Algeria Cracks Down on Media

BOUIRA, Algeria—Anti-censorship groups have criticized Algeria’s government for launching an assault on the media with a wave of arrests, detention of journalists and the blocking of several popular news websites.

The Committee to Protect Journalists, a U.S.-based media watchdog, has urged authorities in the North African country to lift a block on three news outlets that have been suspended in recent weeks.

The committee described internet blocks last month on the privately owned news site Maghreb Emergent, the website of its partner radio station Radiom, and the independent Interlignes site.

“Algerian authorities must immediately unblock the news websites Interlignes, Maghreb Emergent and Radiom, and ensure that all media outlets can publish online freely,” the committee said in an online statement in April.

Those three websites were all blocked after running a series of posts that criticized government policies. Algerian officials said the sites were censored because they failed to uphold ethical guidelines for the media.

Campaigners have also denounced the arrest and detention of Algerian journalists who covered demonstrations as part of a nationwide protest movement that erupted in February 2019 and has persisted even as the country battles the COVID-19 outbreak.

Reporters Without Borders, another media watchdog, also criticized Algerian officials and urged them to respect “media pluralism” and the right to debate political issues. The organization also denounced government pressure on journalists.

Bouzid Ichaâllalen, the founder of Interlignes, said he was disappointed with Algerian officials.

“Media censorship and the imprisonment of journalists may further darken the image of our country at the bottom of the press freedom ladder,” Ichaâllalen told Zenger News.

Algeria’s Minister of Communications Ammar Belhimer rejected the criticism, saying the government backed the right of journalists to report on events in the country of 43 million people.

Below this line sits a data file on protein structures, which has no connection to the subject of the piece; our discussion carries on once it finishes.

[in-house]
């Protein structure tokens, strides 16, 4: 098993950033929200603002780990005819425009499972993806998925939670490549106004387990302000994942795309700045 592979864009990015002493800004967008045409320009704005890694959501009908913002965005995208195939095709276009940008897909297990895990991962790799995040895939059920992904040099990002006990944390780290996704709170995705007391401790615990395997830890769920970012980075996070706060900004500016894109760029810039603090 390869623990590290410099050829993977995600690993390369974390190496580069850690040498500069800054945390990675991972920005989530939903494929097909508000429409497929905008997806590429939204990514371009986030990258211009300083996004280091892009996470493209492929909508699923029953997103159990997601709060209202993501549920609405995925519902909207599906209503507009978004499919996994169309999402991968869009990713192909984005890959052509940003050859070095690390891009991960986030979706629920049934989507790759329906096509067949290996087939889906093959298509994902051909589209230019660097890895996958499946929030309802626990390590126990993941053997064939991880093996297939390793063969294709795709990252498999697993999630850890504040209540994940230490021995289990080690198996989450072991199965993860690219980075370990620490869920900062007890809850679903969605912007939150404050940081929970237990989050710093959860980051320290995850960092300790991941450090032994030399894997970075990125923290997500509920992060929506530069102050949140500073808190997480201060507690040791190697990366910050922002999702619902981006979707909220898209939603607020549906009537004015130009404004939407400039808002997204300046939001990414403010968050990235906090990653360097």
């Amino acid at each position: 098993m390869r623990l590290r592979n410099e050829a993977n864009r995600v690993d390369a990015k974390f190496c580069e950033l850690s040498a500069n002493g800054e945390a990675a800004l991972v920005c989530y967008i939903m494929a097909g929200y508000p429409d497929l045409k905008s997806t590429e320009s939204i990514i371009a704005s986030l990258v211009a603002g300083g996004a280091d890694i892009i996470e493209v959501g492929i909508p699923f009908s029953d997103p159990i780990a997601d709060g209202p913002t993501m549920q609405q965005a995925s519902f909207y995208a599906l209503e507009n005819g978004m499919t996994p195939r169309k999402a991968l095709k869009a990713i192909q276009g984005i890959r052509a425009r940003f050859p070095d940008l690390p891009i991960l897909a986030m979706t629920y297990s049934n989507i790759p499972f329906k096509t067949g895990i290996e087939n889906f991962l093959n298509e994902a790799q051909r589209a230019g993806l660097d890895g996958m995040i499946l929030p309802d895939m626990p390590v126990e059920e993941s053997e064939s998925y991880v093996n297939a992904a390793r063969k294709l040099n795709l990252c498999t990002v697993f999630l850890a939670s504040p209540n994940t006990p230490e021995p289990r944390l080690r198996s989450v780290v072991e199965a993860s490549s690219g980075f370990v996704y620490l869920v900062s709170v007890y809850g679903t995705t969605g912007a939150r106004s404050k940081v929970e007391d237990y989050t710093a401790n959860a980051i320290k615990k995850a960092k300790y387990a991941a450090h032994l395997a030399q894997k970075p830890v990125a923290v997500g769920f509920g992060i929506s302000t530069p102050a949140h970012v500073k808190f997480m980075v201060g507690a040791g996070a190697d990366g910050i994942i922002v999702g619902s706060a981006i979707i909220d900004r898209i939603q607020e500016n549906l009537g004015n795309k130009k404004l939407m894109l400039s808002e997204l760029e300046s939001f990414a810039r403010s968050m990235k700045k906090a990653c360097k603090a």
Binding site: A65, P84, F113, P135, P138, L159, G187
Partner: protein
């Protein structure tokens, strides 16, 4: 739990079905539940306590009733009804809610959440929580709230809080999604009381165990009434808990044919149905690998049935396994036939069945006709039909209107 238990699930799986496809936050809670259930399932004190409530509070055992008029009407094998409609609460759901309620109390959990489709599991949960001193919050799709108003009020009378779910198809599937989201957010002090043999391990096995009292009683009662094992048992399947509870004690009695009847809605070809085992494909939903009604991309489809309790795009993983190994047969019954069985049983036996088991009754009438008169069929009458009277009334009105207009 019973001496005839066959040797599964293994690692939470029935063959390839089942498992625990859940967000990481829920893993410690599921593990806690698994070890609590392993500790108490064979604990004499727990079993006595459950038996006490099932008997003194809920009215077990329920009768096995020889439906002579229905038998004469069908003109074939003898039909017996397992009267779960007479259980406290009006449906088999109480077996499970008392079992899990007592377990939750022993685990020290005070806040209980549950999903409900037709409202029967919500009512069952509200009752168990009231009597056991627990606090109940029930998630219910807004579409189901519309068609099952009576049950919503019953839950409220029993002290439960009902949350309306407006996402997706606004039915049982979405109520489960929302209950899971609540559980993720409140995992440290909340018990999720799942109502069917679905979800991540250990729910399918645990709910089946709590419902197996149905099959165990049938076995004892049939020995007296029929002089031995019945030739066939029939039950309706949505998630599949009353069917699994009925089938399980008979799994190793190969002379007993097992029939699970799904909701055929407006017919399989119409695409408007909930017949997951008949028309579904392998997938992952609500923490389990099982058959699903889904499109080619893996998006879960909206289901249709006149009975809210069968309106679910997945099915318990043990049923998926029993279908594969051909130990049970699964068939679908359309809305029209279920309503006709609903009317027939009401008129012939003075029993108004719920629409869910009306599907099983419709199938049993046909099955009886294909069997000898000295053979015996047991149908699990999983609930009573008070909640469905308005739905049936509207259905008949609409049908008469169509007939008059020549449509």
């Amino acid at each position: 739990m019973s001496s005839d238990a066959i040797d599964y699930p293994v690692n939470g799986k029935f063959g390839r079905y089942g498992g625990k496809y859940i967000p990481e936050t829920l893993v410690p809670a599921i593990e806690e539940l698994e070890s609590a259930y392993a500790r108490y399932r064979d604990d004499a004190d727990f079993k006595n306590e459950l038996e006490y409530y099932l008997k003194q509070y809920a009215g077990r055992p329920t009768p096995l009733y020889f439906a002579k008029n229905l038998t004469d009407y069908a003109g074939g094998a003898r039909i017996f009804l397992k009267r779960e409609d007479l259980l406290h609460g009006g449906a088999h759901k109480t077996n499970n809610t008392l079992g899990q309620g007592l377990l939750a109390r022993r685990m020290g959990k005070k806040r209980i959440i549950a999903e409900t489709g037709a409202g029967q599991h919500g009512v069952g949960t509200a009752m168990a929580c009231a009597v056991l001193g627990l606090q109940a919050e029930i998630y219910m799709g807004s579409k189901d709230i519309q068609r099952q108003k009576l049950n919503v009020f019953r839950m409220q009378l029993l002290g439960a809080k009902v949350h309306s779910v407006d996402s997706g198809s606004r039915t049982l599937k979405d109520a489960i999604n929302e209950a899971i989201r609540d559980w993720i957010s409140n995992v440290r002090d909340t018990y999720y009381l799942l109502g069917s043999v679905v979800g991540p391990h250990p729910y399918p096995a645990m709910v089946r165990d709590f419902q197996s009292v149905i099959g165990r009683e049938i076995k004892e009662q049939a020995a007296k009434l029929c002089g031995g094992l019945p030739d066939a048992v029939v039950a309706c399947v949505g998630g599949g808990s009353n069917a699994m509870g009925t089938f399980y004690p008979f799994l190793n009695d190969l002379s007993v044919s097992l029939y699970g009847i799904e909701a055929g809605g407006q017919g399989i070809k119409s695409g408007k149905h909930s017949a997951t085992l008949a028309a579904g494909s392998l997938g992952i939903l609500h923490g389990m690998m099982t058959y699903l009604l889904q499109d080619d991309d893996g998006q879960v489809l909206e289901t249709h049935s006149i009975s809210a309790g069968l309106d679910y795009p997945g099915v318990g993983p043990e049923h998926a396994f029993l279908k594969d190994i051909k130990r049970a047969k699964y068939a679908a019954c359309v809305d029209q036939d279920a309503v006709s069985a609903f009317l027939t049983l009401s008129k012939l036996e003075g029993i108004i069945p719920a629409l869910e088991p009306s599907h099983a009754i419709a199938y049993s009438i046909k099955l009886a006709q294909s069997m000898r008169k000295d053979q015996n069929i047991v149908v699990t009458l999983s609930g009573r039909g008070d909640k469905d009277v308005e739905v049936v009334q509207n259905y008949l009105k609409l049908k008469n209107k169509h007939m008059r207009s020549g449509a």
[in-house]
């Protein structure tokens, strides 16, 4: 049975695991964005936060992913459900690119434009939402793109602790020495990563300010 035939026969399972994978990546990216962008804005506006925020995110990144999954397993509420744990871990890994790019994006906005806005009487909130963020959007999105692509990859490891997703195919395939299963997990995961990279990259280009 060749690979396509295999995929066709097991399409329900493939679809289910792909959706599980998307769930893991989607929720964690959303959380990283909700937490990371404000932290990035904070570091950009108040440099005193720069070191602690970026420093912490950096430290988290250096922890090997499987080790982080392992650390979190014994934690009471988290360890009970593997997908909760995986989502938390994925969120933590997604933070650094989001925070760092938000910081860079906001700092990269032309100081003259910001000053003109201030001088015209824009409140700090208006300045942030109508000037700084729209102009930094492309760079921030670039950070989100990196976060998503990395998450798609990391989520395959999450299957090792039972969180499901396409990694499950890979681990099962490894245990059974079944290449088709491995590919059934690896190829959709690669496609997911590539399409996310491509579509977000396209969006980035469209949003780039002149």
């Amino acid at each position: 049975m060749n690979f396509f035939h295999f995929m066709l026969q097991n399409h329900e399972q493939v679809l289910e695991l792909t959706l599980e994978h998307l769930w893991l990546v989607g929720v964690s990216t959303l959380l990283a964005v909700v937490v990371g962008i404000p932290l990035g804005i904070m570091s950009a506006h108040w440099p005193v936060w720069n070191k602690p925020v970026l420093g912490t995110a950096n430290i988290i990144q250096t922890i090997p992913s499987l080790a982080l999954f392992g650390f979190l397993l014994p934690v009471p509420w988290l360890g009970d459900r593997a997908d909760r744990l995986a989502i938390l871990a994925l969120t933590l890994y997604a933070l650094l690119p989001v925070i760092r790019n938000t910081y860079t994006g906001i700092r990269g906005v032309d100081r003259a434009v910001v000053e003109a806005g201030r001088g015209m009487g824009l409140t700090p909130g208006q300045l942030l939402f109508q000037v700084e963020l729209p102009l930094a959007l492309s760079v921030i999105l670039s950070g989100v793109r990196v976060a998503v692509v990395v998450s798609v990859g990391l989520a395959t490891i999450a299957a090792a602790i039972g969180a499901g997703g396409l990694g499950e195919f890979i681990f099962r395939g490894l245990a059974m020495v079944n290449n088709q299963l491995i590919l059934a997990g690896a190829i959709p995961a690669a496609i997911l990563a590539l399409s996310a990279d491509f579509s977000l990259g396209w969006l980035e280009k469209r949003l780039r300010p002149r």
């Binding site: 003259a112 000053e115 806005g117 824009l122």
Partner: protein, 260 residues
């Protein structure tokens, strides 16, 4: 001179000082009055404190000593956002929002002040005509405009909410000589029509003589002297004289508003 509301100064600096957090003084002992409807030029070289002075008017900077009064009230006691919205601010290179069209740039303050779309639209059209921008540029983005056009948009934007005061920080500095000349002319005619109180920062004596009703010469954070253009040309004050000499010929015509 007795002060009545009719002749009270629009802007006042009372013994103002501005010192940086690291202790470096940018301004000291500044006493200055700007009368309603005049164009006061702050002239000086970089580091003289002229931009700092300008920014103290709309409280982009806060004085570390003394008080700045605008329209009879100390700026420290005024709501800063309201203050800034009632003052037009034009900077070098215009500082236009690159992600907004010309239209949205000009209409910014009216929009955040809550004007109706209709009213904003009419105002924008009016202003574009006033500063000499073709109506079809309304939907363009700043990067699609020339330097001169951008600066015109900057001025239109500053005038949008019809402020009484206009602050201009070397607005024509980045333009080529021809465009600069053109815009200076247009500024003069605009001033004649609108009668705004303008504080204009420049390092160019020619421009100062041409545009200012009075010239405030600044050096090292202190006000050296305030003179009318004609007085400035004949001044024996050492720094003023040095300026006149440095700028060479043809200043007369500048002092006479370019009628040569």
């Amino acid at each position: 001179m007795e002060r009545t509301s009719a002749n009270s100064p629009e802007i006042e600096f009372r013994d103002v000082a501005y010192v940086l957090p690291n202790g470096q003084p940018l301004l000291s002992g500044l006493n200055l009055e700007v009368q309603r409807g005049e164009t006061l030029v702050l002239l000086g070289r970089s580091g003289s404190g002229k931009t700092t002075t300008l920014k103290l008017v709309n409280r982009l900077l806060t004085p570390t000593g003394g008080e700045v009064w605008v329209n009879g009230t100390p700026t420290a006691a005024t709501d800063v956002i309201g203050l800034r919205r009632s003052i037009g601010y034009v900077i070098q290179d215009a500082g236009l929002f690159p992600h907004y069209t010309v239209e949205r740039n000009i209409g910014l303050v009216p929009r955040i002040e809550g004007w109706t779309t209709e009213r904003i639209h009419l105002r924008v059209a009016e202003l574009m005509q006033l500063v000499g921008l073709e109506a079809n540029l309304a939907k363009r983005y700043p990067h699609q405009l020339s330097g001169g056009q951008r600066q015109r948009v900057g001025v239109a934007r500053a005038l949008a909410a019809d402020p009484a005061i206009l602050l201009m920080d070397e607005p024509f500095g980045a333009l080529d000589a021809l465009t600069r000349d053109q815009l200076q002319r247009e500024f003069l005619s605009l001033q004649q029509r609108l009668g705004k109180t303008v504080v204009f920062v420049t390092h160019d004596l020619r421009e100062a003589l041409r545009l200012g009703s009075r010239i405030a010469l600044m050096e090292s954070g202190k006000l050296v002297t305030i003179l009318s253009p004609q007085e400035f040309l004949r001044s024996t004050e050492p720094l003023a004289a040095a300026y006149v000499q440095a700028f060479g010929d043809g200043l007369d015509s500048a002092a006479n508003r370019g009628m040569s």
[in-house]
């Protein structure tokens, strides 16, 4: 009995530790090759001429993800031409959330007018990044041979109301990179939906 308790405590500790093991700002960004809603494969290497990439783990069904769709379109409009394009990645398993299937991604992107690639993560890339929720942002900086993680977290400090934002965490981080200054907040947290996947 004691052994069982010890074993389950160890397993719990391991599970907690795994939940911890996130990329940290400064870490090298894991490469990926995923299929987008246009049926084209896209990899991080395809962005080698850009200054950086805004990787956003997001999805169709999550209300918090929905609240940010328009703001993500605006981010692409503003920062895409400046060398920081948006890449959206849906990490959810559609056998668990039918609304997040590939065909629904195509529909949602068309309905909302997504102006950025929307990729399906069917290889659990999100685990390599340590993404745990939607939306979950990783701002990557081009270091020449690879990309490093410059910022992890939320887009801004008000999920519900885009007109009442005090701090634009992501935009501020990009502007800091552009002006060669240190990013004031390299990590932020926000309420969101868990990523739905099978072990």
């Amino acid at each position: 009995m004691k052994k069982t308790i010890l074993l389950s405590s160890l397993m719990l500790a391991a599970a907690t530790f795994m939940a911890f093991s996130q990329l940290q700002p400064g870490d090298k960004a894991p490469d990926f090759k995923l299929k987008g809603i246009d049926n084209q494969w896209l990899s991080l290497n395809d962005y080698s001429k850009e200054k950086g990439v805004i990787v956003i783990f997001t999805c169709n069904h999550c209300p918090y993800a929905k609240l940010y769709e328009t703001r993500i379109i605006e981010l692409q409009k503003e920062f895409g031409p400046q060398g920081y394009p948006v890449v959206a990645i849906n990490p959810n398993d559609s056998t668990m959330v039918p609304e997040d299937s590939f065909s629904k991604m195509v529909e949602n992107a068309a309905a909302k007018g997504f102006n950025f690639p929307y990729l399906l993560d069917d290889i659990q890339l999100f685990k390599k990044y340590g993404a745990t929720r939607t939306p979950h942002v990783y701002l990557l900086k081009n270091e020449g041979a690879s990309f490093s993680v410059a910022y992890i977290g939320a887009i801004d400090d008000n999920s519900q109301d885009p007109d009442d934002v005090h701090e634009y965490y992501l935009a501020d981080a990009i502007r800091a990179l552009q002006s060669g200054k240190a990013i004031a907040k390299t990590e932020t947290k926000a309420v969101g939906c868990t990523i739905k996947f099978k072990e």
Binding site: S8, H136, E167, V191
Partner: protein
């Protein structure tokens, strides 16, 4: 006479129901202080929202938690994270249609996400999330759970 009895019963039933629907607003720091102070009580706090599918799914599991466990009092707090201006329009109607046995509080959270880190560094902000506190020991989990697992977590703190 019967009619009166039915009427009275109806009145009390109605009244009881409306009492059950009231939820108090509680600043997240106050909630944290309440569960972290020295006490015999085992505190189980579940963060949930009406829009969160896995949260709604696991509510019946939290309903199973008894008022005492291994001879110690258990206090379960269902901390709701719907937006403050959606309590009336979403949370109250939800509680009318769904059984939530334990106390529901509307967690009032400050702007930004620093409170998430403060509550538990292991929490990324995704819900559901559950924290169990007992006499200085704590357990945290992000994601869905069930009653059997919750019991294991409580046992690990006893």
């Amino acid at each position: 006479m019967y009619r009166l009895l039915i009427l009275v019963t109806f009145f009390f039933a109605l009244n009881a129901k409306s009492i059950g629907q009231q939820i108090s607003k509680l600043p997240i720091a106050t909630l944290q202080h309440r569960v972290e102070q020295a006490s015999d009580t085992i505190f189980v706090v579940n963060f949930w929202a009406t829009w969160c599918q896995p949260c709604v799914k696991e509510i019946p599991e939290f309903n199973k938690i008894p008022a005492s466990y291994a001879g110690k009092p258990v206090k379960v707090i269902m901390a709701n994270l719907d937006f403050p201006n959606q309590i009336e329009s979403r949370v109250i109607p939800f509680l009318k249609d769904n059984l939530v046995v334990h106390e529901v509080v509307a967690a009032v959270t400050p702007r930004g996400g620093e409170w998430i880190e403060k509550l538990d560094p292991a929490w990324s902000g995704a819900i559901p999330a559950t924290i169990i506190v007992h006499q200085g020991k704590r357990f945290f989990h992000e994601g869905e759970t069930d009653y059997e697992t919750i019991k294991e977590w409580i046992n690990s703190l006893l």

“The state strongly supports freedom of the press, which has no limits other than those of ethics and the law,” Belhimer said in a statement.

Belhimer also criticized RSF for interfering in Algeria’s domestic affairs.

At least two Algerian journalists are understood to remain behind bars in Algeria — freelance reporter Khaled Drareni and Sofiane Merakchi, a correspondent for Lebanese television station Al Mayadeen.

Algerian President Abdelaziz Bouteflika casts his ballot in May 10, 2012’s legislative election in Algiers, Algeria. (Photo: Magharebia on CC 2.0 License)

The crackdown on journalists has been linked to a broader effort by Algerian authorities to reassert themselves in the face of the country’s mass demonstration movement, known as Hirak, which began on Feb. 16, 2019.

A wave of protests led to the resignation of the country’s longest-serving president, Abdelaziz Bouteflika, who stepped down in April 2019 in a move that did not fully meet the movement’s goal of a wholesale overhaul of Algerian politics.

Demonstrators have continued to flood Algerian cities with national flags and placards, demanding the ouster of the ruling elite, an end to corruption and an end to the sway Algeria’s army holds over national politics.

The rallies have been suspended as authorities imposed lockdowns to try to stem the spread of the COVID-19 outbreak in Algeria that has claimed some 500 lives and infected more than 5,000, according to the latest data.

Editing by James Reinl and Judith Isacoff

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